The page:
And you'll want to go beyond the hype of screaming TV personalities, fear-mongering ads, and "analysis" from people who might have your email address ... but no track record of success.

In short, you want a voice of reason you can count on.

A 2015 Business Insider article titled, "11 websites to bookmark if you want to get rich," rated The Motley Fool as the #1 place online to get smarter about investing.

And one of the easiest, most enjoyable, most valuable ways to get your regular dose of market and money insights is our suite of free podcasts ... what we like to think of as "binge-worthy finance."

Whether you make it part of your daily commute or you save up and listen to a handful of episodes for your 50-mile bike rides or long soaks in a bubble bath (or both!), the podcasts make sense of your money.

And unlike so many who want to make the subjects of personal finance and investing complicated and scary, our podcasts are clear, insightful, and (yes, it's true) fun.

Our free suite of podcasts

Motley Fool Money features a team of our analysts discussing the week's top business and investing stories, interviews, and an inside look at the stocks on our radar. The show is also heard weekly on dozens of radio stations across the country.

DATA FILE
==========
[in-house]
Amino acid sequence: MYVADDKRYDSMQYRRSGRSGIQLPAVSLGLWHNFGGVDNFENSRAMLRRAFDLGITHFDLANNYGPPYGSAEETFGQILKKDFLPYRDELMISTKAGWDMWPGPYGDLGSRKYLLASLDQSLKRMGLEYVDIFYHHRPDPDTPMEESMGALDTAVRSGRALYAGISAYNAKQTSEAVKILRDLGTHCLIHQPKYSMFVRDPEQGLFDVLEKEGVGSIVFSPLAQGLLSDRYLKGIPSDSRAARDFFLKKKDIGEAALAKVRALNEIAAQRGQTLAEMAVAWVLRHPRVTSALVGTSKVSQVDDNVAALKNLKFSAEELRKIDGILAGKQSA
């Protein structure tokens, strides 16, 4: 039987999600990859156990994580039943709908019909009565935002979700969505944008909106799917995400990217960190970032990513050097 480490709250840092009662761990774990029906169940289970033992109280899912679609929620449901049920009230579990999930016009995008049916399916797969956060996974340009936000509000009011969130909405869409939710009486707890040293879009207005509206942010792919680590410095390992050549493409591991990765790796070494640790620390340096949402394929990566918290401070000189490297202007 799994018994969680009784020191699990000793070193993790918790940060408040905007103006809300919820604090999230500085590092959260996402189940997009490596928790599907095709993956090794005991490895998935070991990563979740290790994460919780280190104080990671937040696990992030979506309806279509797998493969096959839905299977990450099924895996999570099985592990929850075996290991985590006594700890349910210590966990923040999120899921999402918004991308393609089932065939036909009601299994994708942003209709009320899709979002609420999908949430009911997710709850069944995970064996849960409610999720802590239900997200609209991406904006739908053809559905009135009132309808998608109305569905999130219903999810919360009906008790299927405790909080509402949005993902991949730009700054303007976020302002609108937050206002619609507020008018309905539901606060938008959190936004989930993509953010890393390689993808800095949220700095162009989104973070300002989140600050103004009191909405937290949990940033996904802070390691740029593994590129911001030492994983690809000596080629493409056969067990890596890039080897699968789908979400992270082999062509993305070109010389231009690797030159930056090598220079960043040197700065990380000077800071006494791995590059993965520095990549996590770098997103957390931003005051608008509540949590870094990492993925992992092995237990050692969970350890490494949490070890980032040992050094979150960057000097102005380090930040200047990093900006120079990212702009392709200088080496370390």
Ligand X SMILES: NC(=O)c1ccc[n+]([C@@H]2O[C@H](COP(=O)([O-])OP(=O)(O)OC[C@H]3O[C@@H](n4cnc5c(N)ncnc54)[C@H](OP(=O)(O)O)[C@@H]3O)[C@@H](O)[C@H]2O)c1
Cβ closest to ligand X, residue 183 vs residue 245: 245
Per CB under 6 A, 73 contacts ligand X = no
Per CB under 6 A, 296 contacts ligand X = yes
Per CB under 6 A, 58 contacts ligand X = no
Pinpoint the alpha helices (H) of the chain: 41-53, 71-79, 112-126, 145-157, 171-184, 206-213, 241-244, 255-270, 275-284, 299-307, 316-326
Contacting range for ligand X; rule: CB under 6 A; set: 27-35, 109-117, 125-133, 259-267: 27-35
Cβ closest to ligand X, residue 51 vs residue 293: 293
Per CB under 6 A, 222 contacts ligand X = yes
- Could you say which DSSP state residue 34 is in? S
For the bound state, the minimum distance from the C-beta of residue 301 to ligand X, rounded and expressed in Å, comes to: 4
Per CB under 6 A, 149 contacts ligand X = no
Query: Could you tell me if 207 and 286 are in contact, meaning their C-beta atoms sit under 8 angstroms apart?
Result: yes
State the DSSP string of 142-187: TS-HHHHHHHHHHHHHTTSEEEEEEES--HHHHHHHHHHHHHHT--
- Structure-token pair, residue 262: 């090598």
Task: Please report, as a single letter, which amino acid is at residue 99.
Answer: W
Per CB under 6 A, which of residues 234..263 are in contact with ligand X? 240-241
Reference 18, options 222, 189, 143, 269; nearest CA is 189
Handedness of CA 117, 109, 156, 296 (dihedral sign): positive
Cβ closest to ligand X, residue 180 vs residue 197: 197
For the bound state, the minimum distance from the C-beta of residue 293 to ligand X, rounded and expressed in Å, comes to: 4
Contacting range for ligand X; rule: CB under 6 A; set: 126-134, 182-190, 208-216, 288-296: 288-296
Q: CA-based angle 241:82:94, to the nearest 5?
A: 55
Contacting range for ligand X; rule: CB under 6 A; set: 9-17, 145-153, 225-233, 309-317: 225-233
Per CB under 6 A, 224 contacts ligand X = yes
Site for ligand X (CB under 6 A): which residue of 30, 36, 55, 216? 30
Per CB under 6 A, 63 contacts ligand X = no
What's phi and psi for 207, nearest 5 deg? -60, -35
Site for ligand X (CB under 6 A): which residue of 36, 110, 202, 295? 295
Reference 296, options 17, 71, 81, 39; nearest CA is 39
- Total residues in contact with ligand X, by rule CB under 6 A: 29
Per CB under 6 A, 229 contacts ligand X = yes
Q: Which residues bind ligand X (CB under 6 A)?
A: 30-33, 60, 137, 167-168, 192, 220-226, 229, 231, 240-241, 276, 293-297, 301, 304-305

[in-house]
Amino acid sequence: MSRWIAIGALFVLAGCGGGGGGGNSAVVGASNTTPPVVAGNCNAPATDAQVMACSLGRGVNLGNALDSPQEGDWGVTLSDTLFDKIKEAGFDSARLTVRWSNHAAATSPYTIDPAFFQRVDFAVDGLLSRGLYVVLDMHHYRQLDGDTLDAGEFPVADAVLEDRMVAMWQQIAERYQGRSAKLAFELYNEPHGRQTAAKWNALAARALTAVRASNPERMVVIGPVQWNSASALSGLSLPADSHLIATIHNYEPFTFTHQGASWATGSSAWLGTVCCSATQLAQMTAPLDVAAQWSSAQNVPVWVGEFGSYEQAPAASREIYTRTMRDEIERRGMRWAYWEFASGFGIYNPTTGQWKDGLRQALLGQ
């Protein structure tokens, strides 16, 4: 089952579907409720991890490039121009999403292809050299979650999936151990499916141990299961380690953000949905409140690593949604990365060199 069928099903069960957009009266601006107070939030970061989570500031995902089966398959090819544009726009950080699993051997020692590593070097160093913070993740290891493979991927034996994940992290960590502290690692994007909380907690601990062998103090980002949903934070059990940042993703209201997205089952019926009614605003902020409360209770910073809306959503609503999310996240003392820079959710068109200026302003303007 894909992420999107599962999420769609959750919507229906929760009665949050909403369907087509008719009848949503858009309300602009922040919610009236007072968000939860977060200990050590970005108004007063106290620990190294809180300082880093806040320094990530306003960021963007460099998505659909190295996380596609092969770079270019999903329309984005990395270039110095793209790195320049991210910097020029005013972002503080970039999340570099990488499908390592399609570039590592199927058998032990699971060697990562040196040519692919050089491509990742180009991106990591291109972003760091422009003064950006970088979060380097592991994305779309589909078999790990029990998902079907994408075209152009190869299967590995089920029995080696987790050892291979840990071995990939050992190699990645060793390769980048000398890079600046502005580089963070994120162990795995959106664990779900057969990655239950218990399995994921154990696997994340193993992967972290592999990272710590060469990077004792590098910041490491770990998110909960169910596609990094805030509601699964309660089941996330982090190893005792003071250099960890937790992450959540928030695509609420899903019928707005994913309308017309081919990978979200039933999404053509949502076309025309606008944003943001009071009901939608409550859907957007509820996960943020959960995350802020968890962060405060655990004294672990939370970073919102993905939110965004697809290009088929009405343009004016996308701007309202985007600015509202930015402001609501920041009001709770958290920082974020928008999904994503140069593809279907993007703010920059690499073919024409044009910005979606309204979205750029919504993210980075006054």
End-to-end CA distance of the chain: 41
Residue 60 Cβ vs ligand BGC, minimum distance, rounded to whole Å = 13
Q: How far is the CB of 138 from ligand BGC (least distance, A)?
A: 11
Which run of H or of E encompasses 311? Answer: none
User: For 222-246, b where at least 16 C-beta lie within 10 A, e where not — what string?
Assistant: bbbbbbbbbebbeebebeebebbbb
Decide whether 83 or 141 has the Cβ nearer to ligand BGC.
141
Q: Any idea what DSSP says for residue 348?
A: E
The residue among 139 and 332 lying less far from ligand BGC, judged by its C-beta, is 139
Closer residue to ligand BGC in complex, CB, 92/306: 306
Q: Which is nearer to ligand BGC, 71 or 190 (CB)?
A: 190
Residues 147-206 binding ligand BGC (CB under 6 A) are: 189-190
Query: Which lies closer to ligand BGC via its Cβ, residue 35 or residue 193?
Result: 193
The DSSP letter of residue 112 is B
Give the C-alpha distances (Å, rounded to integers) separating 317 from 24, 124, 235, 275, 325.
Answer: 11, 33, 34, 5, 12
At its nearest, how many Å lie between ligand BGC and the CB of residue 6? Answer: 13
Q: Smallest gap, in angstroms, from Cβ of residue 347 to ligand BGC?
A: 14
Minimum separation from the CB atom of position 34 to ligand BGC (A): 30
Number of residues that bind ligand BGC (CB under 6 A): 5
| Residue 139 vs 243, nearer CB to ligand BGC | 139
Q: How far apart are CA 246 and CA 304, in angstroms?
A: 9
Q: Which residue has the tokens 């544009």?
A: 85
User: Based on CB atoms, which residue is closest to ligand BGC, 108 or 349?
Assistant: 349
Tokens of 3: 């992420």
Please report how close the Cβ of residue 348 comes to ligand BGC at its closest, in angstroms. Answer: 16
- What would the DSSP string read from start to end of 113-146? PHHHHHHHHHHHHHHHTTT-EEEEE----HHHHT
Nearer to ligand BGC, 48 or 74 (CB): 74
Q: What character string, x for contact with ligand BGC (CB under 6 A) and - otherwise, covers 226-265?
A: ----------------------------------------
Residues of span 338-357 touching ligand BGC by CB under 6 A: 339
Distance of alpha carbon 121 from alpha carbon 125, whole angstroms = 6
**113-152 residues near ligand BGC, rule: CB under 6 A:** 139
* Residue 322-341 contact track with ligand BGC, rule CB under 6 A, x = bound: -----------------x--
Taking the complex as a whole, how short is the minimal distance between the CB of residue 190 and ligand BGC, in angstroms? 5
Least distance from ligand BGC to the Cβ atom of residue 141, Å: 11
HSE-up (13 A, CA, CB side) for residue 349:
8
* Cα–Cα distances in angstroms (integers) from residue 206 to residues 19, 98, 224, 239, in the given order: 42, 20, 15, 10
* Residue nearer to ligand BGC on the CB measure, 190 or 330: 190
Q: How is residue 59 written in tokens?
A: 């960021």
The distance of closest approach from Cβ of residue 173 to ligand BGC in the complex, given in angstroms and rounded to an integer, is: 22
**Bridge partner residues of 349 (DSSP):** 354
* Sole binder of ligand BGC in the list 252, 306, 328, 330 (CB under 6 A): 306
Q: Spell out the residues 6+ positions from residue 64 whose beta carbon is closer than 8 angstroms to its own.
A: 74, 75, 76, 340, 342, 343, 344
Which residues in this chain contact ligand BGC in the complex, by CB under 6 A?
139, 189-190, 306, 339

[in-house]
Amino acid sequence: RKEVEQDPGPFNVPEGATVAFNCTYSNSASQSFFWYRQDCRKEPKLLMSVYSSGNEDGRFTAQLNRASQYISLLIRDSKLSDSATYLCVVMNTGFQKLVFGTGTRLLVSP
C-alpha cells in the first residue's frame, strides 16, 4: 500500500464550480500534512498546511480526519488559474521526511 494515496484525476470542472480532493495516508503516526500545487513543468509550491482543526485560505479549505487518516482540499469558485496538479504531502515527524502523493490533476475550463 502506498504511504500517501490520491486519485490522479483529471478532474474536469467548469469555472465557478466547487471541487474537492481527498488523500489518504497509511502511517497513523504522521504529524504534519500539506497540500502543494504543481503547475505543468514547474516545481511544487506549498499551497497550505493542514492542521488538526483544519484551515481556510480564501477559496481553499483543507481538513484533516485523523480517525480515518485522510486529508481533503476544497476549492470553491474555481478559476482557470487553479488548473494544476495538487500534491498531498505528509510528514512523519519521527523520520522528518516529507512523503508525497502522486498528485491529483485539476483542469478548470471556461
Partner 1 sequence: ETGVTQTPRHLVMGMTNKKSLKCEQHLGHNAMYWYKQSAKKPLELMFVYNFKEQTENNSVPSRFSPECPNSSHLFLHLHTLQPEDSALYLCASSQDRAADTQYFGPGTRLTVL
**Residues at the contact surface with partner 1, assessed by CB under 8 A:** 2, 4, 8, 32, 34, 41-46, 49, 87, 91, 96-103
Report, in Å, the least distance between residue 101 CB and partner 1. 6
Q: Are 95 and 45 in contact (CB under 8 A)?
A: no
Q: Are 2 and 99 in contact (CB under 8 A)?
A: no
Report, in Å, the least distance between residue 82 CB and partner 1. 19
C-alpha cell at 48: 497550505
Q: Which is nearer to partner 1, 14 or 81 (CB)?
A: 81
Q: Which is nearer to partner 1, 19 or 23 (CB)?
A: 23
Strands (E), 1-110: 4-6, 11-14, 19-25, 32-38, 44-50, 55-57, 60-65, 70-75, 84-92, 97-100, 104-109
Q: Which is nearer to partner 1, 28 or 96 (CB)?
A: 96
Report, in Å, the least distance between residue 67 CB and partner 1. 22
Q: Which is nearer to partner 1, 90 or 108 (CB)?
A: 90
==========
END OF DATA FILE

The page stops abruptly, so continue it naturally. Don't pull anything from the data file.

The hosts of Motley Fool Answers challenge the conventional wisdom on life's biggest financial issues to reveal what you really need to know to make smart money moves.

David Gardner, co-founder of The Motley Fool, is among the most respected and trusted sources on investing. And he's the host of Rule Breaker Investing, in which he shares his insights into today's most innovative and disruptive companies ... and how to profit from them.

Market Foolery is our daily look at stocks in the news, as well as the top business and investing stories.

And Industry Focus offers a deeper dive into a specific industry and the stories making headlines. Healthcare, technology, energy, consumer goods, and other industries take turns in the spotlight.

They're all informative, entertaining, and eminently listenable. Rule Breaker Investing and Answers are timeless, so it's worth going back to and listening from the very start; the other three are focused more on today's events, so listen to the most recent first.

All are available for free at www.fool.com/podcasts.

If you're looking for a friendly voice ... with great advice on how to make the most of your money ... from a business with a lengthy track record of success ... in clear, compelling language ... I encourage you to give a listen to our free podcasts.

Head to www.fool.com/podcasts, give them a spin, and you can subscribe there (at iTunes, Stitcher, or our other partners) if you want to receive them regularly.

It's money to your ears.

 


Compare Brokers